Jonathan Leder Interview

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Jonathan Leder. One of the most amazing simplistic photographers out there. I could probably say the best simplistic photographer out there working on film today. All of his photos could be described as “iconic”. “Memorable”. “Mesmerizing”. He’s shot for Nylon, BabyBabyBaby, and A4 mags to name a few, and done campaigns for Urban Outfitters and Lips Jeans. I would love to drive by a giant billboard with one of his photos on it, because I think the bigger they are experienced, the more they come to life. Speaking of things full of life, let’s actually talk to the man, Jonathan.

Trey Taylor: Can you please fill this out?
Name: Jonathan Leder
Age: 36
Occupation: Photographer
Currently Resides: Williamsburg, Brooklyn
Favourite Song: This Must Be The Place / Talking Heads. 

Trey Taylor: So you’ve grown up in New York. You know, it’s odd because tons of fashion photographers and models move to New York and then say they are from New York. You were there the whole time. Do you feel different than the people who plant themselves in your city?
Jonathan Leder: Yes, i suppose so… I grew up on the upper east side of Manhattan actually. Near the Metropolitan Museum.  It was really a great place to grow up. I went to the same school for 12 years, from 1st grade to 12th grade. Its called Collegiate. So it was like an amazing experience. I think all of us that grew up there felt a bit different than the kids that are always coming to NY to “make it”.  As a kid, i think you never get bored growing up in NYC. There is always something interesting to see or think about. Always something that makes you wonder.  In that sense i think its great. . At the same time I think that having grown up in the city is what makes me so fascinated by America. Which i am. I am totally fascinated by America, especially post war 20th century american culture. The kind i never had a chance to really experience first hand growing up.

TT: What was it like growing up in New York. A fashion mecca. Did you always find it exciting?
JL: I think you take it for granted. I just thought everyone grew up in places like new york .  I guess looking back my family and friends were “stylish” as you say, but i never really realized it till later. 

TT: Your work is cinematic. I like the word cinematic because I think it means that a story is told. All your photographs tell me a story. Do you try for that?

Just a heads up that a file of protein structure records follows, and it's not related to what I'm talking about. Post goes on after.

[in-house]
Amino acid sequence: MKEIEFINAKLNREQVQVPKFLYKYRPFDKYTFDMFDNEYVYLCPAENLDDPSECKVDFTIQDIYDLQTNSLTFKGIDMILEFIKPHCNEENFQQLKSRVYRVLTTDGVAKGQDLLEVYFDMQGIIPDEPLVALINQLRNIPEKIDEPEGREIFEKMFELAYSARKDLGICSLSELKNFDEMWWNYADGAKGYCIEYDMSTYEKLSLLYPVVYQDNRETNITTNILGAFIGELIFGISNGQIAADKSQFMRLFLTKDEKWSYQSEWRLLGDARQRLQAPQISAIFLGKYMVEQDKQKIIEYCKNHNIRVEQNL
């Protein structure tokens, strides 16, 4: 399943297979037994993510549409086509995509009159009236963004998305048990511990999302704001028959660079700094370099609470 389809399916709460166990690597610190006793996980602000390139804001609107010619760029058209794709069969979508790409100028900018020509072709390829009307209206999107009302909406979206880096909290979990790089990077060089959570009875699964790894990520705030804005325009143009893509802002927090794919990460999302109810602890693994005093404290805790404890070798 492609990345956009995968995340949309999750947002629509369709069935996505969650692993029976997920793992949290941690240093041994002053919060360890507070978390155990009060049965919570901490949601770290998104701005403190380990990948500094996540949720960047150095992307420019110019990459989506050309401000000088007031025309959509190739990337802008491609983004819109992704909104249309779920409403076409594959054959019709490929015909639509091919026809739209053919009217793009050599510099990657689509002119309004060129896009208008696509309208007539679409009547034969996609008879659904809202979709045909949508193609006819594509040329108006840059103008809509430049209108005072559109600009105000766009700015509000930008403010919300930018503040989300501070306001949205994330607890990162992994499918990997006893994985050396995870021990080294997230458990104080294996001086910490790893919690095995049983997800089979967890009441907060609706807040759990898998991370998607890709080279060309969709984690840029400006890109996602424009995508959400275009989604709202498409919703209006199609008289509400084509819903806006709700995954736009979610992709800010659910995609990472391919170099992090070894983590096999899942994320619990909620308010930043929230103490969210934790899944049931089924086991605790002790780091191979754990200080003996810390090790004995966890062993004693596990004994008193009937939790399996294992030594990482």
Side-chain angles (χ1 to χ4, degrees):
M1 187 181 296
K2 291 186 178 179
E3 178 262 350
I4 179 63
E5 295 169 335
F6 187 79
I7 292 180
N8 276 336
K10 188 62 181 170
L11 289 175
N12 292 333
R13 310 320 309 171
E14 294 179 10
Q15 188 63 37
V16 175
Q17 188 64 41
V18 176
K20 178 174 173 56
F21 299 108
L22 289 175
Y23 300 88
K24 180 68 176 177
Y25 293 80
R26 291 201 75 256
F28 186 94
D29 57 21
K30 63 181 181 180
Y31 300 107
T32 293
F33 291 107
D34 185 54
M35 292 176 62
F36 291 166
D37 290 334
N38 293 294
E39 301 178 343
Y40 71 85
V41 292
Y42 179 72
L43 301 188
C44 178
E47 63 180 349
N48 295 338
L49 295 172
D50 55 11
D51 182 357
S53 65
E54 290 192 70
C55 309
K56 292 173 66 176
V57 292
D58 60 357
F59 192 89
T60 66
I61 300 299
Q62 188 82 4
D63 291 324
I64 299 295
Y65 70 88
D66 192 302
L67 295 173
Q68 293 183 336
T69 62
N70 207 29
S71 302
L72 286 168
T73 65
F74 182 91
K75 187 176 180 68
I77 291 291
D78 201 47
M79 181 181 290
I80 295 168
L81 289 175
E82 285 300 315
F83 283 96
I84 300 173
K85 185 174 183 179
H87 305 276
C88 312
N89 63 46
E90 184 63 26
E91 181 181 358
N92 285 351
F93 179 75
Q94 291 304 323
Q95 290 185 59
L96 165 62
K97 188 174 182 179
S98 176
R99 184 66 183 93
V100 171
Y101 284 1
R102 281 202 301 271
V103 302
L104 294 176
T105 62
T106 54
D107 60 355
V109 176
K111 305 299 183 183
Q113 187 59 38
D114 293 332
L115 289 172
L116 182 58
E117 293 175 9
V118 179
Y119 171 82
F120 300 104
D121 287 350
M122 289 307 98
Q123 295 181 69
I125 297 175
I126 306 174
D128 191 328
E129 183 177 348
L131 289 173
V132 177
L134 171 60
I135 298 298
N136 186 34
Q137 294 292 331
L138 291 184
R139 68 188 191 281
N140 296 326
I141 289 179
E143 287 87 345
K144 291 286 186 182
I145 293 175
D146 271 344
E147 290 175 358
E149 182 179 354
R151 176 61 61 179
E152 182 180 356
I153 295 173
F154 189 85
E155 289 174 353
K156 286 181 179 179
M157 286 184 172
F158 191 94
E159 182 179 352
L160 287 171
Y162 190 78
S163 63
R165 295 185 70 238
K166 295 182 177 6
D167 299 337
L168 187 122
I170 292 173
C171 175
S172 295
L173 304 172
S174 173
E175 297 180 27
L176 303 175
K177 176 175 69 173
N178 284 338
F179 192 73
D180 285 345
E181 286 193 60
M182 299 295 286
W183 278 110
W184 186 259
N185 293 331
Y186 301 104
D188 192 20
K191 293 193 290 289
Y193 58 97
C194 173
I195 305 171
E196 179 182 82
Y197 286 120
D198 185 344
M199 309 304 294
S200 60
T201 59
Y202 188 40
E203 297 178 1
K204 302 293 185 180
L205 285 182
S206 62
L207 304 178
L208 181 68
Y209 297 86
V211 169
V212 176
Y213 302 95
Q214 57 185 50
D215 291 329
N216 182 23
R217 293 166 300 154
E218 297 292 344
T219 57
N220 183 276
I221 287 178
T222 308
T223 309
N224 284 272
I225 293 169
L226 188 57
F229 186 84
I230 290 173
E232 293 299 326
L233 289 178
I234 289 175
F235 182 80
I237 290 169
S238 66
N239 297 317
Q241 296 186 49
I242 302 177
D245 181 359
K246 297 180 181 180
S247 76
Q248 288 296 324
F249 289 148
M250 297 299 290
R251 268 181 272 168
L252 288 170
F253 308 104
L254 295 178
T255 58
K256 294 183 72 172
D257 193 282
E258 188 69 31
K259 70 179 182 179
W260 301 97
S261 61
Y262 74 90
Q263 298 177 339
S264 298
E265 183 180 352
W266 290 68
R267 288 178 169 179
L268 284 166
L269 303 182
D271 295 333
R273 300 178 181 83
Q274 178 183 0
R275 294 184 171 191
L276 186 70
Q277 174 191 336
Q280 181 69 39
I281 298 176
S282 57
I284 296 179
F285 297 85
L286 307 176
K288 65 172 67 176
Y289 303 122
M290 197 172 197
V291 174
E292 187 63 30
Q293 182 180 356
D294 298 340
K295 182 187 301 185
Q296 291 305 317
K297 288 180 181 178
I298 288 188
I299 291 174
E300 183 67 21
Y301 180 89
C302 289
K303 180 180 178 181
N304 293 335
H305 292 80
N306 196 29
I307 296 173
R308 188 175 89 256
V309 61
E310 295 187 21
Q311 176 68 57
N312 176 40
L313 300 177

JL:  Yes.  Absolutely. I am glad you asked.  I hate pictures that tell no story at all. I cant stand boring studio fashion pictures that just try to sell people clothes. Its so meaningless.  My pictures arent perfect, and they are not the best, and not all are good; but at least i can say i am trying for something. To provoke something. To make people feel something when they look at them.  They are just way too many cold, perfect, retouched, meaningless photos out there. I wish there werent. 

TT: What is aesthetically pleasing to you?
JL:  Oh, so many things….Great light, locations, girls, film, grain, things that are a bit imperfect, but still beautiful. Things that are raw. Things that are fleeting. 

TT: What does the word fashion mean to you?
JL: Not much.  I am much more interested in the girls and the locations and the mood than in the clothes. I do appreciate great designers and great clothes, but so much of what you see is just about selling product.

TT: Who are some of your favorite photographers / artists?
JL:  William Eggleston, Diane Arbus, Mark Rothko, Robert Mapplethorpe, Gary Winogrand, Stanley Kubrick, to name a few. 

TT: Do you feel you have to adapt to what people want or do you mostly shoot for yourself?
JL: I try to only do jobs where i can do the pictures i want to do. Its very very hard for me to do anything else. 

TT: Your black and whites are to die for. I love that grainy gorg-osity in most of your bee + dubs. What appeals to you?
JL:  I dont know what a bee +dubs is?! But thanks.  I have been shooting and processing my own black and white since i was really young. I dont know.  Black and white is easy i guess. 

TT: I usually hate boring people with annoying photographic jargon. But the composition of your photographs is something that people need to step back and look at. Your simple photographs seem to have a profound effect the way the models are placed within the frame. Would you agree?
JL: Thanks again. Yes. I agreee. I feel very strongly about composition. It is why i can not work with a range finder.  I really just have to be able to compose in the frame. Composition is one of the most important elements in a photograph. I wish my compositions were a bit more daring actually. I am a bit conservative i think. I am going to try for more here.

TT: Tell us what you think the world needs.
JL: No more crappy Conde Nast magazines!!!

TT: What do you know that you would never have dreamt at the age of 16.
JL: That life is more like a circle, than a line.  You cant run away from yourself. 

Thanks Jonathan! I really hope to one day visit NYC and be photographed by you.